This question comes from a CFA volunteer.  It is

… a question relating to social media in particular the posting of photos by CFA members whilst at an emergency. There are a range of policies, etc governing this but I am concerned that these are written by anti social media Execs. I also have a firm belief that locals who are near or in the path of the fire would appreciate me as a responder (if safe to do so) taking photo and posting these on social media. If I posted photos of fires in particular bushfires, could I argue that I am supporting the organisation to comply with S50B of the CFA Act?

I’ve made a number of posts about taking photos – see:

But this question relates to the use of photos and s 50B of the Country Fire Authority Act 1958 (Vic).    Section 50B says:

Duty to warn the community

(1) The Chief Officer must issue warnings and provide information in relation to fires in the country area of Victoria if—

(b) the Chief Officer considers that the issuing of warnings or the provision of information is necessary for the purposes of protecting life and property.

(2) The Chief Officer must have regard to any guidelines, procedures or operating protocols issued by the Emergency Management Commissioner under section 44 of the Emergency Management Act 2013 for the purposes of carrying out a duty under subsection (1).

(Section 50B(1)(a) was repealed in 2013 so the omission of paragraph (a) is not a mistake).

The CFA may establish volunteer brigades and ‘every brigade …  and all officers and members of brigades … shall be under the order and control of the Chief Officer’ (s 27).  The Chief Officer may delegate his power or authority to a person or office holder approved by the CFA (s 28).

Discussion

The duty to warn the community is a duty vested in the Chief Officer and he or she may delegate that obligation to others.  The obvious person to receive that delegation would be an incident controller who would set up the necessary team within the IMT.   The Chief Officer is unlikely to delegate his or her authority to a front line fire fighter.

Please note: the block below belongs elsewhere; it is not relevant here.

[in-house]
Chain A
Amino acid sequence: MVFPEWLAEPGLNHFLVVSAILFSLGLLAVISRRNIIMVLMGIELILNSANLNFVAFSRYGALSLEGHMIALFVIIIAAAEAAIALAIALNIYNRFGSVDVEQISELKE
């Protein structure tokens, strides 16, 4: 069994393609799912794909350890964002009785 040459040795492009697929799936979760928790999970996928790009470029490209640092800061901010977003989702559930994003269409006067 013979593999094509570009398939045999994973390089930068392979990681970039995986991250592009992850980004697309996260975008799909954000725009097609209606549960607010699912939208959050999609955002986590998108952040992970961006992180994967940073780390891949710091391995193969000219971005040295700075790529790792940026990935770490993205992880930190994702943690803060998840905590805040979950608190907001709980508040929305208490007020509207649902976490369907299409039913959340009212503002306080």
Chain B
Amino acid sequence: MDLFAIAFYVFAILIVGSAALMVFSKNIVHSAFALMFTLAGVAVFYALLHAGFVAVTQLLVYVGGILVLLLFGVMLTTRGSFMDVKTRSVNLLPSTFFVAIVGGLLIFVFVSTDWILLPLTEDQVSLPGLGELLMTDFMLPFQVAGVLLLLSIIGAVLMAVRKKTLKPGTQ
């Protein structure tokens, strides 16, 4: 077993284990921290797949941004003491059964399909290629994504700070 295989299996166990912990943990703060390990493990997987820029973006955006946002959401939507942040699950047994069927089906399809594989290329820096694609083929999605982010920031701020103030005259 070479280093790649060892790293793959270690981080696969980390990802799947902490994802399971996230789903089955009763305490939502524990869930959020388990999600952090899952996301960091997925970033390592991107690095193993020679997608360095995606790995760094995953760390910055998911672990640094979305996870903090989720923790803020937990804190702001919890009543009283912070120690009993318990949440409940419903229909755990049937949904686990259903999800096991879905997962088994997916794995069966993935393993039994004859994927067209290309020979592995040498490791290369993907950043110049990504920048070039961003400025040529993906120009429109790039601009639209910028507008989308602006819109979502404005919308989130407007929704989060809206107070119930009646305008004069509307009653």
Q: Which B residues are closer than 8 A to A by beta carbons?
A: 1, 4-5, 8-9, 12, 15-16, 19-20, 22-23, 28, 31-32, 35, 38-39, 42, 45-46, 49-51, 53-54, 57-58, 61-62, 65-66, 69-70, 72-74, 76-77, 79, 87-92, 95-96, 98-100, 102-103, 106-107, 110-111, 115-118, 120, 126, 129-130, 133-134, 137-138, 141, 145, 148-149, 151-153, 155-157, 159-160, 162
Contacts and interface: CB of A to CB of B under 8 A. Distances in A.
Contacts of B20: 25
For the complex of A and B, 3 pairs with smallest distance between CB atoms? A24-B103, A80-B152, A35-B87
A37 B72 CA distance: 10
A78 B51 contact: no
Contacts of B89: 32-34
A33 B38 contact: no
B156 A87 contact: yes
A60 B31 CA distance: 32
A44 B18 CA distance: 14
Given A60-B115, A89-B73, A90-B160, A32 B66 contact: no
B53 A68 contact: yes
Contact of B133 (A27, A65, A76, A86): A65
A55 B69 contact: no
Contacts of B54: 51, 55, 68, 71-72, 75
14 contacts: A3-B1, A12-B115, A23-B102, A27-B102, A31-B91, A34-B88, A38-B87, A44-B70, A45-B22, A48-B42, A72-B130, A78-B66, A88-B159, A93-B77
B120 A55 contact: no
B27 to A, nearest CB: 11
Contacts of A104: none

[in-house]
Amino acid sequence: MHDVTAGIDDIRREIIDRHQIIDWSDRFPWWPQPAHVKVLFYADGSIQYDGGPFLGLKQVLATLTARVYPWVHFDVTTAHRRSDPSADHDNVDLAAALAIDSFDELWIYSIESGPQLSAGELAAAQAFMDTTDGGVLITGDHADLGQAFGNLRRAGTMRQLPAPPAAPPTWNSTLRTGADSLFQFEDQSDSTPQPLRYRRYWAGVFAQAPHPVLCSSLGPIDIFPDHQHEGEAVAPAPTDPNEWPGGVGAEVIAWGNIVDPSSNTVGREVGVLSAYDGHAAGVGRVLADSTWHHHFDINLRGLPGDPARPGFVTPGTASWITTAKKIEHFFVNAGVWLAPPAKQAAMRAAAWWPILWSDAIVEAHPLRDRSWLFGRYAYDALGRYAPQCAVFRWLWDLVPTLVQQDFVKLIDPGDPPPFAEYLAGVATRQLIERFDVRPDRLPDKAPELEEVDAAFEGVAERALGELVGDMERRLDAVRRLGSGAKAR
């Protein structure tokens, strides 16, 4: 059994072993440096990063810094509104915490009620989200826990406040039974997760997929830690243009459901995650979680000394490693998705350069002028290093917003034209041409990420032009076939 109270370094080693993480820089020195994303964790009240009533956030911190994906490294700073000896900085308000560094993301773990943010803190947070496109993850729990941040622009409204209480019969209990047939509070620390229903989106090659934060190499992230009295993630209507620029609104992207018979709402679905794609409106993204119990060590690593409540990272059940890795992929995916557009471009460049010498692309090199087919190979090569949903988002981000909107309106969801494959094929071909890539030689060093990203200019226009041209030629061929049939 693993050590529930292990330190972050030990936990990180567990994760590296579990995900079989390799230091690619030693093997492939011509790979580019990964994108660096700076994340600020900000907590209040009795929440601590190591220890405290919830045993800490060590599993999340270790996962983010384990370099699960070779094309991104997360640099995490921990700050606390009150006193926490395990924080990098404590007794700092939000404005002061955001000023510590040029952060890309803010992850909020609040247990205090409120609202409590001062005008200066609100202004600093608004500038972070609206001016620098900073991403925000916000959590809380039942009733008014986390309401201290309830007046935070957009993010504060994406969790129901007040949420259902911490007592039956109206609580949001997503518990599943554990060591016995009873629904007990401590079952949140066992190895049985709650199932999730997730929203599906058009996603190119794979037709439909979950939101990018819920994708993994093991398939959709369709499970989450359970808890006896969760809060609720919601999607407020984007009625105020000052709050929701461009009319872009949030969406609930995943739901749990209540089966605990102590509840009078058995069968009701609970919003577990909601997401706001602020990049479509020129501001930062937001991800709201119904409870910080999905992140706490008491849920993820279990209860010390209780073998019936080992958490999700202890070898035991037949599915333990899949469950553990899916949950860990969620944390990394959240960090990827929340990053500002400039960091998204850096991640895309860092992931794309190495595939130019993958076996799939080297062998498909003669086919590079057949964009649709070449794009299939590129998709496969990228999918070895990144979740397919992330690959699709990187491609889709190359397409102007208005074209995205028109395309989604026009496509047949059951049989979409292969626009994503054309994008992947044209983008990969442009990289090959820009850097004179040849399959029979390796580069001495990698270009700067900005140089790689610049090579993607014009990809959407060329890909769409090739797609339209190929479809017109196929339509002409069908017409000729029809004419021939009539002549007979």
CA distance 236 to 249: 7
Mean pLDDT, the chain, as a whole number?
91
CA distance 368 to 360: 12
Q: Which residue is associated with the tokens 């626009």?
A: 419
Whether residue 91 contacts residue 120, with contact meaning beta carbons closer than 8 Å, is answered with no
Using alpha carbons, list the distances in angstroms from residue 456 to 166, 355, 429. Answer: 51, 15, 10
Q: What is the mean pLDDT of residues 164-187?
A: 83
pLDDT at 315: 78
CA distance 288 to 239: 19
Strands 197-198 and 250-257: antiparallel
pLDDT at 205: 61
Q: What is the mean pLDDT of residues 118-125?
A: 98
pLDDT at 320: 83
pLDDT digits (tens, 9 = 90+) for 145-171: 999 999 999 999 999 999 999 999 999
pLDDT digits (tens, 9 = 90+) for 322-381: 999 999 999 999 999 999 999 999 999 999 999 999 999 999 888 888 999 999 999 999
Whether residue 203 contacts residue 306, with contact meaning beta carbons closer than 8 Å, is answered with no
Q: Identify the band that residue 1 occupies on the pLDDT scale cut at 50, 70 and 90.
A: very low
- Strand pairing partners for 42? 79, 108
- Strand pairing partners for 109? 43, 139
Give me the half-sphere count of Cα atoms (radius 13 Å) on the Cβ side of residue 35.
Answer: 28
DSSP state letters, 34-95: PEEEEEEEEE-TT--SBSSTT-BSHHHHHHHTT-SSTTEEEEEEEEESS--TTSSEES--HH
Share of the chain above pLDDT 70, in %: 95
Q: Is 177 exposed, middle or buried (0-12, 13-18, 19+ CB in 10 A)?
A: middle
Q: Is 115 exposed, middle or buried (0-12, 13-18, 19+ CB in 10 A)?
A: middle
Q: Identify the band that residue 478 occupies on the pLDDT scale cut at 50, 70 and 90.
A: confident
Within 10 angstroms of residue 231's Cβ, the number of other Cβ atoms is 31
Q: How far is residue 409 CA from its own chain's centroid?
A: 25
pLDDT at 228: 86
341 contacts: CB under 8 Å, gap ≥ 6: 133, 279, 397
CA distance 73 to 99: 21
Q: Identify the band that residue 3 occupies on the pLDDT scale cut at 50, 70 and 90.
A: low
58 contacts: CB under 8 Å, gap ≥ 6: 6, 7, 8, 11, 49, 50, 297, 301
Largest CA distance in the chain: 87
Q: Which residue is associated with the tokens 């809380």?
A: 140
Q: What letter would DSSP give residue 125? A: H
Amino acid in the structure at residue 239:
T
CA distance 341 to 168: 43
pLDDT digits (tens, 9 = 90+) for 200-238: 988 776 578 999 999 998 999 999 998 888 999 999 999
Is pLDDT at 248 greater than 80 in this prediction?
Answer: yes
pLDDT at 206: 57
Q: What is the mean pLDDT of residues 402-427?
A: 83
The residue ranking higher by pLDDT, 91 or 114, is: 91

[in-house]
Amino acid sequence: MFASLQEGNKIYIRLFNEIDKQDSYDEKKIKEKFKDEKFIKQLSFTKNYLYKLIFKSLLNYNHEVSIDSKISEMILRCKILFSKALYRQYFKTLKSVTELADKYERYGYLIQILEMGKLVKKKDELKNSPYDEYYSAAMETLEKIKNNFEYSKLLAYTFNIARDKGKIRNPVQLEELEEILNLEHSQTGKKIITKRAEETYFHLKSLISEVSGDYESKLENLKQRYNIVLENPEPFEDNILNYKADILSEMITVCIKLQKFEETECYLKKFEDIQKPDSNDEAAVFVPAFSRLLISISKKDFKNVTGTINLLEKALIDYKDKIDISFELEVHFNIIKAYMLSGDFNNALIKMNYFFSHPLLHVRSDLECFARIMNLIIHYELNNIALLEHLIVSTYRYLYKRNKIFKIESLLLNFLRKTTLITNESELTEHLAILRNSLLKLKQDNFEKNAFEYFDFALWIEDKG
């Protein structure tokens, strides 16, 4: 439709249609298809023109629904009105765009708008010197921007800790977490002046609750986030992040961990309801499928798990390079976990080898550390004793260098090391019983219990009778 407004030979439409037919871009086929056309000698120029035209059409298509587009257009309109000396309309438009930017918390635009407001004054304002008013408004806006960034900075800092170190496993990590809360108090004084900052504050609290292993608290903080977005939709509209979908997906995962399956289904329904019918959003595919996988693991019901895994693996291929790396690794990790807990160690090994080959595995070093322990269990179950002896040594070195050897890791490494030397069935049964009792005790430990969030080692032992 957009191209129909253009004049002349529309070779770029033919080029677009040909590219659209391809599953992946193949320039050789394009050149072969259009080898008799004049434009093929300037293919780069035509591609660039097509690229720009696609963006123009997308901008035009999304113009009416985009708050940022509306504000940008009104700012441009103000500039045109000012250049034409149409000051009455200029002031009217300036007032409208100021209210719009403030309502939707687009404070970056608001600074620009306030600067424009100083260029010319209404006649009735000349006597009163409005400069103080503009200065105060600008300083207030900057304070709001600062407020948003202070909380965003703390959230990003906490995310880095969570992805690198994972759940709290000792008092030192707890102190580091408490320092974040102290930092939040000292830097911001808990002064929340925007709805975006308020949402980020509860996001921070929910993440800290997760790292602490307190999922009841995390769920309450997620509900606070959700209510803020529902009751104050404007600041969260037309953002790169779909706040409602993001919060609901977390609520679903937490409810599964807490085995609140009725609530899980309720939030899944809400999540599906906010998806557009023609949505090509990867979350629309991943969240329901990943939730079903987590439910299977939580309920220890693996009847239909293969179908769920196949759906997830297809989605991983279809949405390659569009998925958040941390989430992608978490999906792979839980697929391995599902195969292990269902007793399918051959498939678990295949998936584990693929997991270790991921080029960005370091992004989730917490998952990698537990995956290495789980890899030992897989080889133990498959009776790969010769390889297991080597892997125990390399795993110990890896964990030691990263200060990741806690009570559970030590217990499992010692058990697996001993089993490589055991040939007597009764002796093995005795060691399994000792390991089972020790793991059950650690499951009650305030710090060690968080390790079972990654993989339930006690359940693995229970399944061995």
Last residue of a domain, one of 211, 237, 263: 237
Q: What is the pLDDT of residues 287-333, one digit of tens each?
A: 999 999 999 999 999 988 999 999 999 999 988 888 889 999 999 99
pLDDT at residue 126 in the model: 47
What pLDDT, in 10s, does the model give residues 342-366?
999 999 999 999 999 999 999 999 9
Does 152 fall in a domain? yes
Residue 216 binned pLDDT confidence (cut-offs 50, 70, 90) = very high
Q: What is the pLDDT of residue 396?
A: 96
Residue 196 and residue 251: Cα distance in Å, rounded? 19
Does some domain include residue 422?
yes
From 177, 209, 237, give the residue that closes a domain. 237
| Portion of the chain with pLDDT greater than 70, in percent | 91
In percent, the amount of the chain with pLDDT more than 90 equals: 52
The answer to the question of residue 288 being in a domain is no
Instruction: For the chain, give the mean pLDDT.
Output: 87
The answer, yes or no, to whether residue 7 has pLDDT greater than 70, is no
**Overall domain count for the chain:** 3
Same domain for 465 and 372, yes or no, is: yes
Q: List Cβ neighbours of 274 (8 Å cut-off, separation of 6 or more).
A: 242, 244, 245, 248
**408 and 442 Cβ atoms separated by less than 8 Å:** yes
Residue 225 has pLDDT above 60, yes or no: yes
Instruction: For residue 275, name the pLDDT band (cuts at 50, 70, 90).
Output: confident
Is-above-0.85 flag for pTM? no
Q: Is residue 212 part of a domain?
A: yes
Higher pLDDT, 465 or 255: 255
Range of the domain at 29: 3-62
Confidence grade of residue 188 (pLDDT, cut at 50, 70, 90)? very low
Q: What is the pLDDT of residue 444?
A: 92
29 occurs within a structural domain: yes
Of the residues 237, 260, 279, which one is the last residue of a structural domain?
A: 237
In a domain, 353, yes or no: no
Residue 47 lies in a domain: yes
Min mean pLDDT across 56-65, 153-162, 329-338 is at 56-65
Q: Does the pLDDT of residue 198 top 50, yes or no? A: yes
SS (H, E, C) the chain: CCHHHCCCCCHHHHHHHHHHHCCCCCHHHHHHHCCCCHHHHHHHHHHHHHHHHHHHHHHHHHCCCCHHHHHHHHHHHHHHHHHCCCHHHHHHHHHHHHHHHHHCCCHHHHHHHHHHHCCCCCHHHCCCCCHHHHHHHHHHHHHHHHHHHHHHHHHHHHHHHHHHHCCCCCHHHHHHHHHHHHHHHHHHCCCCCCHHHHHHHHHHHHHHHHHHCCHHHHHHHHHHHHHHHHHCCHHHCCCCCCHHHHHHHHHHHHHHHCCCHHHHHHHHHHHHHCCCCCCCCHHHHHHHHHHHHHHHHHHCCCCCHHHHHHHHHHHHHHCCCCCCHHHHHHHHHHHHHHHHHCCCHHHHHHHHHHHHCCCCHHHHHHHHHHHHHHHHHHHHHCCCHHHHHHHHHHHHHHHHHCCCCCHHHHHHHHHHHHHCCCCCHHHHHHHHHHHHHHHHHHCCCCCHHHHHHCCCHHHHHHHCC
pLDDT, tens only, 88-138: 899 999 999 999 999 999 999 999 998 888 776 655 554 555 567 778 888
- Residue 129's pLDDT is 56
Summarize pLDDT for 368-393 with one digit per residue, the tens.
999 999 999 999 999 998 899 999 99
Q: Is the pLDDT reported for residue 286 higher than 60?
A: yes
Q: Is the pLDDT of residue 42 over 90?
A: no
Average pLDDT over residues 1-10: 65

There is no general duty or power upon anyone to ‘assist’ the CFA and it certainly would not be regarded as assistance for a person to undertake, on their own initiative, some action in the belief that it would assist.  For example a private citizen who observes a bushfire could not seriously light a fire as a ‘back burn’ and claim some immunity because they were intending to ‘assist’ the CFA.

Equally a firefighter taking a photo and posting it on a website is not assisting the CFA Chief Officer to meet his or her obligations.  In some circumstances such action may actually hinder the Chief Officer or his or her delegate.

The Chief Officer has ultimate control of all brigades and their members and can set out the policies and procedures that they are to follow.  It is not up to members to decide that they don’t need to comply because in their view, the policies are badly written, ill-informed or not helpful.

Conclusion

My earlier posts have addressed the issues of taking photos at the scene of an emergency. The presence of s 50B in the Country Fire Authority Act 1958 (Vic) does not affect those answers.   A person, whether a fire fighter or not, cannot argue that posting photos on social media is a legitimate exercise of the powers or obligations set out in s 50B nor is it somehow justified as ‘supporting the organisation [or the Chief Officer] to comply with’ those obligations.  One supports the Chief Officer to achieve his or her obligations by following his or her directions.